Prosecutors have withdrawn murder charges against Wasila Tasi’u, the 15-year-old girl who used rat poison to kill her 35-year-old husband, Umar Sani, in April 2014.
Audu Bako, Kano state attorney-general, told the BBC that the case would be dropped “because the accused is a minor and the victim’s family had forgiven her”.
The charges would be formally dropped once the court receives either a written or oral presentation from Bako’s office.
Sani was found dead just days after marrying Wasila against her will.
Three other people also died and 10 were taken to hospital, apparently after eating the same food.
Wasila’s father had forced his then 14-year-old daughter to marry the farmer.
The teenager is from an impoverished and deeply conservative Muslim family.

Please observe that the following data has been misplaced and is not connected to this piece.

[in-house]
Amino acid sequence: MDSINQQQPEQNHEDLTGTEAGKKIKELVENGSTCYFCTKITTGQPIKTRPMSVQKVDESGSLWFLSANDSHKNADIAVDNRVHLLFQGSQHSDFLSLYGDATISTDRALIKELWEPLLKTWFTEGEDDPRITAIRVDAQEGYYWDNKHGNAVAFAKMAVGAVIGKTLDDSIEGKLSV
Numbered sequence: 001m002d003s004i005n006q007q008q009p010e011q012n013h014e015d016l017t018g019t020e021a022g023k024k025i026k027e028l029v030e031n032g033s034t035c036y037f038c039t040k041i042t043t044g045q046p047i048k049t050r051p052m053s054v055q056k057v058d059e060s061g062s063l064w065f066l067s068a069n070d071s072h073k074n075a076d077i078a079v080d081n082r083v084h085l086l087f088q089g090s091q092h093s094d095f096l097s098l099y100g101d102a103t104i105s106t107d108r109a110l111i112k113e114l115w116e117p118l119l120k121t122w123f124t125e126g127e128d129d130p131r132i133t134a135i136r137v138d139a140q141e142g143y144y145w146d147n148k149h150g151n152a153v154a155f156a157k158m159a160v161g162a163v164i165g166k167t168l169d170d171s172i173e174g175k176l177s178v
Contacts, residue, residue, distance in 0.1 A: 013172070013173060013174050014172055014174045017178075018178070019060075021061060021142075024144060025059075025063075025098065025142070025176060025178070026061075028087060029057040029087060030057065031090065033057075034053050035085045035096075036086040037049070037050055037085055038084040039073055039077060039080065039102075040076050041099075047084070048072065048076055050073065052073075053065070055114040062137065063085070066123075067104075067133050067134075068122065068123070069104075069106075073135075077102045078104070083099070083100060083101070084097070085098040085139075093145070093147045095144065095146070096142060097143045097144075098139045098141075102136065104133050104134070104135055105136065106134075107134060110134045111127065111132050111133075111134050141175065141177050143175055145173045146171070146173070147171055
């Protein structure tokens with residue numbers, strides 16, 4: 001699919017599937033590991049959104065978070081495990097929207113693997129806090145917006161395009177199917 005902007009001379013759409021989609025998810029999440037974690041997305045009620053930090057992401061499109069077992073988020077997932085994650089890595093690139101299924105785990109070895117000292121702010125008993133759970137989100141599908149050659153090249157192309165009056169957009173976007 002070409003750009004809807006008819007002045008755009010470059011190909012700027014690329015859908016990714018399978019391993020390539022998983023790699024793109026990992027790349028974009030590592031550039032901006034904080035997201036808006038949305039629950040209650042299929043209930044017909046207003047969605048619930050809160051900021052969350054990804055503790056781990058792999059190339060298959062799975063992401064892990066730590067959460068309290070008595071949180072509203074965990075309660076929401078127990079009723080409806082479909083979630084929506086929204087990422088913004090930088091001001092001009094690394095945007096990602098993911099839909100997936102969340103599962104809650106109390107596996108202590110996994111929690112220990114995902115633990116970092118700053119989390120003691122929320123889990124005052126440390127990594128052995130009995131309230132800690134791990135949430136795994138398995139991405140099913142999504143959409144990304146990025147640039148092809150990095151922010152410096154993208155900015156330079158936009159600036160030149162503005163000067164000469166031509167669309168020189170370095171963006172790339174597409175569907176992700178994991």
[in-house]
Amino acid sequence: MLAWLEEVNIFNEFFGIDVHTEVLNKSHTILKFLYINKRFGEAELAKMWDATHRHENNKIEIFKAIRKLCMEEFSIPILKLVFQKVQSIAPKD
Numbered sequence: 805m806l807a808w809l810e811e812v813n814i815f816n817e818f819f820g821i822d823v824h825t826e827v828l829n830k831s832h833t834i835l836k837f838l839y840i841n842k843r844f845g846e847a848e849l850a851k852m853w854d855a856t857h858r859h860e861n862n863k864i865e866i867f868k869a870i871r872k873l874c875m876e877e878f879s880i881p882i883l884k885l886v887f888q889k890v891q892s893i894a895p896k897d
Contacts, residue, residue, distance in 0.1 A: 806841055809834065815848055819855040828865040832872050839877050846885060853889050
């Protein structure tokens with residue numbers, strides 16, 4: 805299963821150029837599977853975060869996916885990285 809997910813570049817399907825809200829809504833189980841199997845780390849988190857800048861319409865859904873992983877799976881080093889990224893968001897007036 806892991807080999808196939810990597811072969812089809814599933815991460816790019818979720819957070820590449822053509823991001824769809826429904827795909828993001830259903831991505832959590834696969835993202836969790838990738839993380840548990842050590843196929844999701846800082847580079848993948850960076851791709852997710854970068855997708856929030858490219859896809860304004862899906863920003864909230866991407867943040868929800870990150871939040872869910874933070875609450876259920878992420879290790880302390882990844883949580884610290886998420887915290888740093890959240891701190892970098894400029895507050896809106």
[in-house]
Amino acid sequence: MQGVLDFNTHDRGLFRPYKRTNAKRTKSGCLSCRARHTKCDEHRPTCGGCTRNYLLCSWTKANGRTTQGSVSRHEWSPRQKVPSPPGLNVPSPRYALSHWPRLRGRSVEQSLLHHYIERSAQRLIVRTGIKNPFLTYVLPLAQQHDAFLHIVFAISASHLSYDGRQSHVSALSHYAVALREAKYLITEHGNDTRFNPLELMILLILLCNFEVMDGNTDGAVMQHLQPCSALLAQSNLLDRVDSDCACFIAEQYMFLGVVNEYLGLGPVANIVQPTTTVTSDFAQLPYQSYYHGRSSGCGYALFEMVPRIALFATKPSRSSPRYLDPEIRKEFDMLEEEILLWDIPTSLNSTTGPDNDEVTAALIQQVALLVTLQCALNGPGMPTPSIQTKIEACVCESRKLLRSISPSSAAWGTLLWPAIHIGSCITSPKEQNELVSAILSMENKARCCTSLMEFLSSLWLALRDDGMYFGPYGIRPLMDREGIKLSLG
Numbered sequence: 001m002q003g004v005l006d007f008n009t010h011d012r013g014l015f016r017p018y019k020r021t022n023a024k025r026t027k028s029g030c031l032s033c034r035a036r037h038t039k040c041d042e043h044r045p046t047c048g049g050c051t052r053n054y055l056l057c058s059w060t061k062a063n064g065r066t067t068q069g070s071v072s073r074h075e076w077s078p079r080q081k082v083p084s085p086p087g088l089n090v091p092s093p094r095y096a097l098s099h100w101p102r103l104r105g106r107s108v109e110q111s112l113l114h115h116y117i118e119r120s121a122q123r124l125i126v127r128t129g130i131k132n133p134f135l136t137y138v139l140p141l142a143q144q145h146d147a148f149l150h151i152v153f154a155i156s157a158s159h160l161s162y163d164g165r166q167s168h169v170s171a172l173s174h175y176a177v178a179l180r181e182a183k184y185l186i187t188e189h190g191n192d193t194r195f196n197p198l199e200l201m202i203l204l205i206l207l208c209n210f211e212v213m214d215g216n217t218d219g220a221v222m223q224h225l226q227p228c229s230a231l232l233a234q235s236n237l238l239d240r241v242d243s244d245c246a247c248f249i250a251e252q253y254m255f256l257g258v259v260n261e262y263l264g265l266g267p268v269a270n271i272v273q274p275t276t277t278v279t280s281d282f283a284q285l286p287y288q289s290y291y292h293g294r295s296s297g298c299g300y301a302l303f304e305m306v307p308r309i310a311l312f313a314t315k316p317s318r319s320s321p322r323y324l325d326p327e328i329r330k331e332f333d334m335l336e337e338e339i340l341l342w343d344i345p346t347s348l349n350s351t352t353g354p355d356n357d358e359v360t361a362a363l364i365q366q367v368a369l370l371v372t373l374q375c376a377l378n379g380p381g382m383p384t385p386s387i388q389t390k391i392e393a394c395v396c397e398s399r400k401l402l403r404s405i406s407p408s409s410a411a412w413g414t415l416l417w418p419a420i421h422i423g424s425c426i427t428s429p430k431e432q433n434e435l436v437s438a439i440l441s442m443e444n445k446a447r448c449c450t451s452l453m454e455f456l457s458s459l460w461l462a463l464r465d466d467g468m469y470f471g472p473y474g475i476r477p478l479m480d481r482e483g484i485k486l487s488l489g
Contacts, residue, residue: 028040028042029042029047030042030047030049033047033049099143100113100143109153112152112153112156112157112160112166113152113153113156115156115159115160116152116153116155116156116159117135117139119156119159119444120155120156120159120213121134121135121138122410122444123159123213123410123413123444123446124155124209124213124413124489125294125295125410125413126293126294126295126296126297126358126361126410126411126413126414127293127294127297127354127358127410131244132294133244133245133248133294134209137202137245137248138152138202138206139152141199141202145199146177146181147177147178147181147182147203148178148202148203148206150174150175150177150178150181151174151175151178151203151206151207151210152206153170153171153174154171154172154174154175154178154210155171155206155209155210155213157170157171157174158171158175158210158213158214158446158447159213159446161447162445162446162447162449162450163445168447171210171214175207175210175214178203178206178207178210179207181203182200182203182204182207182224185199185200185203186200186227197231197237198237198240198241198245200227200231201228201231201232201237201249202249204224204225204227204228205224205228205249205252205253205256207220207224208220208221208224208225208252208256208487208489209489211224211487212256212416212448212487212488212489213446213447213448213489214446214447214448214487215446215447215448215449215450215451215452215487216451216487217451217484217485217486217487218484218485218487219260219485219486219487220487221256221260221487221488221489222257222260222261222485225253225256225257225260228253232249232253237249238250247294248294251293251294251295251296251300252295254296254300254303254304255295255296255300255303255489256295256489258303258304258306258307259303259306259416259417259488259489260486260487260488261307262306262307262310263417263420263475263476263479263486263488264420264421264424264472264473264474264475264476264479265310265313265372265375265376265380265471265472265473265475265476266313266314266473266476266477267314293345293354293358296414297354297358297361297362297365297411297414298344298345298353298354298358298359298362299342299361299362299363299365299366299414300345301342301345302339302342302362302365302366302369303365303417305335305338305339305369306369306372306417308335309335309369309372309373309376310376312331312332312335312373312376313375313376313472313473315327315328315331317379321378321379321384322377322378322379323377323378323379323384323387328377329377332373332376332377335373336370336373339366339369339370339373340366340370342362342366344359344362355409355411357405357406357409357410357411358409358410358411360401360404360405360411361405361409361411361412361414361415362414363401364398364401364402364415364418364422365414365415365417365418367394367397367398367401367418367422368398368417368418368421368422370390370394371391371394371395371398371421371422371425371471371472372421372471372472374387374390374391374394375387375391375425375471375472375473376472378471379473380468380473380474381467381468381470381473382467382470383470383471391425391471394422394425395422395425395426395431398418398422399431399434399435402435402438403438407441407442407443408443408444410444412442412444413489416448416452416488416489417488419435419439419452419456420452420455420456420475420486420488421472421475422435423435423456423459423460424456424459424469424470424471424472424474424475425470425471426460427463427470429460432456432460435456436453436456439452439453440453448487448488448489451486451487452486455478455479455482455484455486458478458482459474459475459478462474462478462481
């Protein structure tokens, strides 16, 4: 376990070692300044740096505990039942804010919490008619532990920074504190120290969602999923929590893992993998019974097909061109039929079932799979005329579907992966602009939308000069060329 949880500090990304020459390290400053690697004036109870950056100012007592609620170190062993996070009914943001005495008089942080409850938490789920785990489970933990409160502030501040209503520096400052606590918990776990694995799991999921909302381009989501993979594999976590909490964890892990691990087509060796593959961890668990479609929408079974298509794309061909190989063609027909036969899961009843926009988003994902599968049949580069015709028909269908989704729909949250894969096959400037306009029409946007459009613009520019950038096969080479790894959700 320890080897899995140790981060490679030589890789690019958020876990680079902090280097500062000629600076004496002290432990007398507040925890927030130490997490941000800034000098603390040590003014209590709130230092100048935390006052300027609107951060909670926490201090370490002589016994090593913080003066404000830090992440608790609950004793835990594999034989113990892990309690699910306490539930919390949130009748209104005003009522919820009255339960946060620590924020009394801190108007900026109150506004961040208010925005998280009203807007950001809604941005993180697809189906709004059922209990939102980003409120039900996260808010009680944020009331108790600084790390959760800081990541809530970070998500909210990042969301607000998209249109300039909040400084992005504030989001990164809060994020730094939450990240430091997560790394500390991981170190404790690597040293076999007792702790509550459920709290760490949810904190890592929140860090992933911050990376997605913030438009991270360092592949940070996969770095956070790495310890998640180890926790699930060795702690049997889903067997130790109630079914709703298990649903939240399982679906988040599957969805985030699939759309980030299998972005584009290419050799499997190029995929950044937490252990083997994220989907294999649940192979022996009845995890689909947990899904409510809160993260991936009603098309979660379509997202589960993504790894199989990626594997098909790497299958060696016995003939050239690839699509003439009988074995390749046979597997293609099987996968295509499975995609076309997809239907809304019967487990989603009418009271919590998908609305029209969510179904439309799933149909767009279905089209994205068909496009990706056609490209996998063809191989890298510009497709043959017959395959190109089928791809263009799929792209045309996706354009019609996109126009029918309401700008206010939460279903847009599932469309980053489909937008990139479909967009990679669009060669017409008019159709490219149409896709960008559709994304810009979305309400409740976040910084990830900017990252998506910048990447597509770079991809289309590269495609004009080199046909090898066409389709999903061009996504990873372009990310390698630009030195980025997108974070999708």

Last year when the trial came up at Gezawa high court, Ramatu, Sani’s second wife, narrated how her “co-wife” prepared their husband dinner before she was due to go to bed with him.
“After putting the food in the dish, I didn’t see anybody put anything in it,” Ramatu said, adding that she saw her husband later on “foaming at the mouth and unable to walk”.
Hamziyya, a seven-year-old girl believed to be the teenager’s sister and living in the same home, was allegedly sent to buy rat poison by Wasila, which was confirmed by shopkeeper Abuwa Yusuf.
Hussaina Ibrahim from the International Federation of Women Lawyers (FIDA), who represented Wasila in court, said the trial violated the teenager’s rights.
“We are against the trial. The whole process violates her fundamental rights,” she told The Guardian. “The UN Convention on the rights of the child says she should be in education. She should be in school.”